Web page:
Wednesday, September 17th, 2014
Mostly True
Blakeman
"When is a farm bill not a farm bill? When 90 percent of it is for food stamps."

Brad Blakeman on Thursday, October 31st, 2013 in an interview on Fox News

Brad Blakeman says 90% of farm bill goes to food stamps

Brad Blakeman (right) and former Bill Clinton adviser Simon Rosenberg discussed the federal food stamp program with Fox News' Gretchen Carlson.

The expiration of a piece of the 2009 federal stimulus bill means a $5 billion cut this month to the federal food stamp program, called the Supplemental Nutrition Assistance Program.

That has some lawmakers scrambling to restore the funding, and others fighting to stop it.

Count pundit and former George W. Bush aide Brad Blakeman among those who wants to see the cut stand.

Appearing on Fox News Channel, Blakeman criticized efforts to restore food stamp funding as part of an agriculture bill.

"When is a farm bill not a farm bill? When 90 percent of it is for food stamps," Blakeman said.

In this fact-check, we look at whether food stamps, now called SNAP, really amountsto such a large share of spending in the farm bill.

Blakeman referred us to data from the U.S. Agriculture Department that shows average yearly participation in SNAP and total federal spending rising every year since 2007. Back then, about 26 million people relied on the program. Today, the number is closer to 47 million. Spending in 2012 reached about $75 billion. Blakeman also sent a link to a Reuters news article that estimated that about two thirds of the farm bill went to nutrition programs.

Blakeman told PunditFact his point was that while the farm bill might sound like it deals with agriculture, it largely funds an entitlement program.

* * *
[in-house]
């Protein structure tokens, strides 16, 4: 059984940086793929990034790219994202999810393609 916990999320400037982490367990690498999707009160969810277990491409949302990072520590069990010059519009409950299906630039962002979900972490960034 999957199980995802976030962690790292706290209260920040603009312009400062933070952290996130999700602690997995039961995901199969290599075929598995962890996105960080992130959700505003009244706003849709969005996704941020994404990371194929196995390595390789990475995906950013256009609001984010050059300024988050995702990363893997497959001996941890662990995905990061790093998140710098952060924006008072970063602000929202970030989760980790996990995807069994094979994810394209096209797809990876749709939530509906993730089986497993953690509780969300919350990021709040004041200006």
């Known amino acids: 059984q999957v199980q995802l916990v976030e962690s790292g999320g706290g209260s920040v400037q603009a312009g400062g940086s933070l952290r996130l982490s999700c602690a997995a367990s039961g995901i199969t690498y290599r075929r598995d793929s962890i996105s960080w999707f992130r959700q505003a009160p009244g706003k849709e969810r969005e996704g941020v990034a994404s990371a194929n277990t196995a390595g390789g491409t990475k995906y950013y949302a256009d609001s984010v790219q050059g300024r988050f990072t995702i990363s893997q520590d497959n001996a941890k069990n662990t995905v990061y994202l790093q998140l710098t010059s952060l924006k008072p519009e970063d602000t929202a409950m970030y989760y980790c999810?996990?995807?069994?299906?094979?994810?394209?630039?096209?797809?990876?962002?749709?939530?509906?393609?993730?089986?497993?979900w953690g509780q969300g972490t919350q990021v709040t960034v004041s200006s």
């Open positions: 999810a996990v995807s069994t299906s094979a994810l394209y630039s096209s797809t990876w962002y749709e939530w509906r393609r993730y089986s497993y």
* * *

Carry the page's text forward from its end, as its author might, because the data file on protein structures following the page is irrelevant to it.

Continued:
He’s largely right. Let us explain.

A bit about the farm bill

The farm bill is second only to the weather in shaping agriculture in the United States. It determines how many billions of dollars will flow to farmers and companies that grow and distribute basic crops such as corn, wheat, sugar and soy beans. It touches subsidies, crop insurance, land conservation, organic agriculture and rural development.

But it also serves as the mechanism by which low-income Americans receive nutrition assistance.

The Congressional Budget Office, the nonpartisan analytic arm of Congress, estimated the 10-year cost for the Senate farm bill at $955 billion and the House version at $921 billion.

The nutrition component, according to the CBO, is 80 percent in the Senate and 79 percent in the House. That’s close, but a little short of the figure Blakeman used on Fox News.

 

2013 farm bill budget: CBO score FY2014-23

       
Selected programs

Senate proposal

Percent of total

House proposal

Percent of total

Commodities

$41B

4%

$40B

4%

Nutrition

$760B

80%

$725B

79%

Crop Insurance

$89B

9%

$93B

10%

Total

$955B

 

$921B

 

 

The House in particular has had a difficult time achieving consensus on farm policy. Hard-line conservatives have wanted deeper cuts in subsidies to producers and SNAP. Liberals have objected to the many ways that the Republican plan would make SNAP less generous and make it harder to qualify for benefits. The House and Senate are now hammering out a version both bodies can pass. Funding for SNAP remains a significant dividing point.

Dottie Rosenbaum, a senior analyst with the Center on Budget and Policy Priorities, notes that regardless of congressional action, SNAP spending is projected to decline as the economy improves.

"The reason spending went up is because the program did what it’s supposed to do," Rosenbaum said. "When people lose their jobs, they need more help."

The Congressional Budget Office says that with no change in the law, the number of recipients could be about 35 million by 2022. That is less than the 47 million people today, about half of whom are children, but still more than the total in 2007.

A final note: When we told Blakeman that 90 percent was too high, in large measure, he did not object.

"In the future I will say  the "vast majority" or 80-plus percent," he said.

Our ruling

Blakeman said that 90 percent of the farm bill went to food stamps. The more accurate figure is 80 percent in the legislation currently under discussion in Congress. The 10 percentage points difference doesn’t change Blakeman’s essential point, but it is enough to bring our rating down a notch.

We rate the claim Mostly True.